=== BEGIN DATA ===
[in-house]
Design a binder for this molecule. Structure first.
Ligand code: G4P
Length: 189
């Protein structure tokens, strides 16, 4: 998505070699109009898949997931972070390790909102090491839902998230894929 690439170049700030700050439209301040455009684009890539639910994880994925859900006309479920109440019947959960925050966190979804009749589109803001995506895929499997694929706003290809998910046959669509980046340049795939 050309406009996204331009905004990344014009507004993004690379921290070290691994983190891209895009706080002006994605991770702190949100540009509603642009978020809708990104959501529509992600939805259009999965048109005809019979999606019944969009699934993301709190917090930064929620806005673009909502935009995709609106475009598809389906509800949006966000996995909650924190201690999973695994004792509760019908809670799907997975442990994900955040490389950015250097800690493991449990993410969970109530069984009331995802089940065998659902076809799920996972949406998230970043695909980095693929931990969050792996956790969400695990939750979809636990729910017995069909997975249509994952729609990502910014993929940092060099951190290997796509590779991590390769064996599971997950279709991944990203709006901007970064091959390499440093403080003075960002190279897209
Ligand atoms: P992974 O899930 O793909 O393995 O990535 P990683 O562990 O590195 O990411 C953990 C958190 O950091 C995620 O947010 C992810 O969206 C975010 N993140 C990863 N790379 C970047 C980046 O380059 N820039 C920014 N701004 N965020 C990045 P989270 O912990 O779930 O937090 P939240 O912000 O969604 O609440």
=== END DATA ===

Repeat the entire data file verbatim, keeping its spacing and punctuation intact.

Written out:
[in-house]
Design a binder for this molecule. Structure first.
Ligand code: G4P
Length: 189
């Protein structure tokens, strides 16, 4: 998505070699109009898949997931972070390790909102090491839902998230894929 690439170049700030700050439209301040455009684009890539639910994880994925859900006309479920109440019947959960925050966190979804009749589109803001995506895929499997694929706003290809998910046959669509980046340049795939 050309406009996204331009905004990344014009507004993004690379921290070290691994983190891209895009706080002006994605991770702190949100540009509603642009978020809708990104959501529509992600939805259009999965048109005809019979999606019944969009699934993301709190917090930064929620806005673009909502935009995709609106475009598809389906509800949006966000996995909650924190201690999973695994004792509760019908809670799907997975442990994900955040490389950015250097800690493991449990993410969970109530069984009331995802089940065998659902076809799920996972949406998230970043695909980095693929931990969050792996956790969400695990939750979809636990729910017995069909997975249509994952729609990502910014993929940092060099951190290997796509590779991590390769064996599971997950279709991944990203709006901007970064091959390499440093403080003075960002190279897209
Ligand atoms: P992974 O899930 O793909 O393995 O990535 P990683 O562990 O590195 O990411 C953990 C958190 O950091 C995620 O947010 C992810 O969206 C975010 N993140 C990863 N790379 C970047 C980046 O380059 N820039 C920014 N701004 N965020 C990045 P989270 O912990 O779930 O937090 P939240 O912000 O969604 O609440």